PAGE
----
Mumbai, July 17: A blatant present trend is that Indian politicians are turning inordinately eager to snatch whatever sports portfolios are on offer. They become all the more aggressive in their campaigning when there's a post in cricket up for grabs.
Thus, former Maharashtra Chief Minister Vilasrao Deshmukh surged to a landslide victory over former Indian cricketer Dilip Vengsarkar in the Mumbai Cricket Association's elections. After all, once he had roped in International Cricket Council President Sharad Pawar, the equation was just too potent for Vengsarkar's modest political and financial stature.
A sullen sports fraternity knew that politics had stolen a march on them again and after momentarily sulking, is all set to return to their lower perches. The reason why politicians target sport can be summed up in a terse quote by Deshmukh - "because sports controls youth". Indeed, by sticking his finger into the cricket pie, he gets a shot at some free publicity while simultaneously, diverting attention from his woes as leader of other ministries.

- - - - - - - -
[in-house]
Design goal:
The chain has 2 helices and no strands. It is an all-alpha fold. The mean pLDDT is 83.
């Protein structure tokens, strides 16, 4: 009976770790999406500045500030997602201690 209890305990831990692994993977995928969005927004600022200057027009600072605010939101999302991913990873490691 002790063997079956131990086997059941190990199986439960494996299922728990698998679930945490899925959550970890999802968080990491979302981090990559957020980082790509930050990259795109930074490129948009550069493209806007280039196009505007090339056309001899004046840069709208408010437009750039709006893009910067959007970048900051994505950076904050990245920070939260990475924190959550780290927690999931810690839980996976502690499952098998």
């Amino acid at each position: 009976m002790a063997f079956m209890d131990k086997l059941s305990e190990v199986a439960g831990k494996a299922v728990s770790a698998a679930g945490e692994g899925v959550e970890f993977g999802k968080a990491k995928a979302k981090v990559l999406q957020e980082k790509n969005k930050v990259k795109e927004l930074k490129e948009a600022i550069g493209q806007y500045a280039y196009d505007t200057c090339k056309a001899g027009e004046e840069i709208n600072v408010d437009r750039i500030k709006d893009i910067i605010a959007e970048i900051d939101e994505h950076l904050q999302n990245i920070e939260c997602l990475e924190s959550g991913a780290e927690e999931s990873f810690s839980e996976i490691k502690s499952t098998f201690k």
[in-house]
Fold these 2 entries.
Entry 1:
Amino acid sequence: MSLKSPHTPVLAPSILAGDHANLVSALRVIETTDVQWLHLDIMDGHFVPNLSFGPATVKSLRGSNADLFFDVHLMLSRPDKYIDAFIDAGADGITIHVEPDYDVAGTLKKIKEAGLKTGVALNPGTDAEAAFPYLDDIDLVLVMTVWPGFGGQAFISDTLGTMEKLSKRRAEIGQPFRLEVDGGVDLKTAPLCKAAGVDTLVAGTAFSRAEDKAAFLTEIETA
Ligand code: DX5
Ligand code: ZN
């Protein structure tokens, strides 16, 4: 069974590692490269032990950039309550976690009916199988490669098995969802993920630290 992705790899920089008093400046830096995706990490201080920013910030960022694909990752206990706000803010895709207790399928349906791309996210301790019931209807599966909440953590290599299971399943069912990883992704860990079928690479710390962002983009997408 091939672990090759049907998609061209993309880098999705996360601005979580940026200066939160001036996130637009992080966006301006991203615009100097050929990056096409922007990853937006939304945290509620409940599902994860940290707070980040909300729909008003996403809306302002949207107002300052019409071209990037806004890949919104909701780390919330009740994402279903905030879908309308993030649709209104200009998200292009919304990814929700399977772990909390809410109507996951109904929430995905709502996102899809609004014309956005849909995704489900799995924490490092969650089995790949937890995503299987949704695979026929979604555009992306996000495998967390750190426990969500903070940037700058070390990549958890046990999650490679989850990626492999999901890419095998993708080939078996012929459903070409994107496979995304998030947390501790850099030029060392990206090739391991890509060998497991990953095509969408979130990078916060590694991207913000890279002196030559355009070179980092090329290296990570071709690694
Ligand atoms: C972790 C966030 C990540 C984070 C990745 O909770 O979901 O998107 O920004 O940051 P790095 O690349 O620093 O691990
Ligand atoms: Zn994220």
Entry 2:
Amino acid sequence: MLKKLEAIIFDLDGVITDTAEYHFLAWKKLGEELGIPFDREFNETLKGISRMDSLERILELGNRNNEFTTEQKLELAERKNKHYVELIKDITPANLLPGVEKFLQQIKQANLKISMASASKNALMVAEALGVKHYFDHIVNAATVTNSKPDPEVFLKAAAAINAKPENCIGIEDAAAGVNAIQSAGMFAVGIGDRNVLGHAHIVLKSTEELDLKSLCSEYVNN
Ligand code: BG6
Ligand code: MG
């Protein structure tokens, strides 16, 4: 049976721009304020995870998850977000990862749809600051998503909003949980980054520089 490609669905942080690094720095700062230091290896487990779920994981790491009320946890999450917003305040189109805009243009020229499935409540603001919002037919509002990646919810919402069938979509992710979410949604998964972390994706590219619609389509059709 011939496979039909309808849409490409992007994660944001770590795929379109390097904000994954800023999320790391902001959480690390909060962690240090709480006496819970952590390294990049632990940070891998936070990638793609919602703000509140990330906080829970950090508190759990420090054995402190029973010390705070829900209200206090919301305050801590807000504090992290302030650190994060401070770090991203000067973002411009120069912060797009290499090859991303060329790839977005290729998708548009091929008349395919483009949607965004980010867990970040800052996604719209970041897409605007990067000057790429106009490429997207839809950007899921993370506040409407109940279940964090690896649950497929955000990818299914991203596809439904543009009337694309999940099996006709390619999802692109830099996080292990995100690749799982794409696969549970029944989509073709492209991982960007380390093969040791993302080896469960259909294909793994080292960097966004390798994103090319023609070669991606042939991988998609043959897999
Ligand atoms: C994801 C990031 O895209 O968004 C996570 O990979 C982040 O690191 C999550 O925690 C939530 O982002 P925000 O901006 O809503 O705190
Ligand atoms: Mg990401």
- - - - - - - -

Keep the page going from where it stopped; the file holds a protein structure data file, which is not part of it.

However, the scourge of politics can be a looming adversary to the progress of sport. For instance, as soon as he snared the post of President of the All India Football Federation, Praful Patel saw to it that India's most capable coach thus far Bob Houghton, was deposed, even as his players stood by him.
On the other hand Digvijay Singh, former head of the shooting federation, says that a politicians contacts aid the enhancement of a sport. Whatever the deal, several politicians have clawed their way into cricket - Narendra Modi in Gujarat, Farooq Abdullah in Jammu and Kashmir, Arun Jaitley in Delhi, Lalu Prasad Yadav in Bihar and CP Joshi in Rajasthan.
However, there are those few cricketers who have borne the clout essential to beat politicans at their own game. Former Indian cricketers Anil Kumble (as president of the Karnataka State Cricket Association) and Arshad Ayub (in Hyderadbad) have carried the torch for cricket into sports politics. Long may they reign...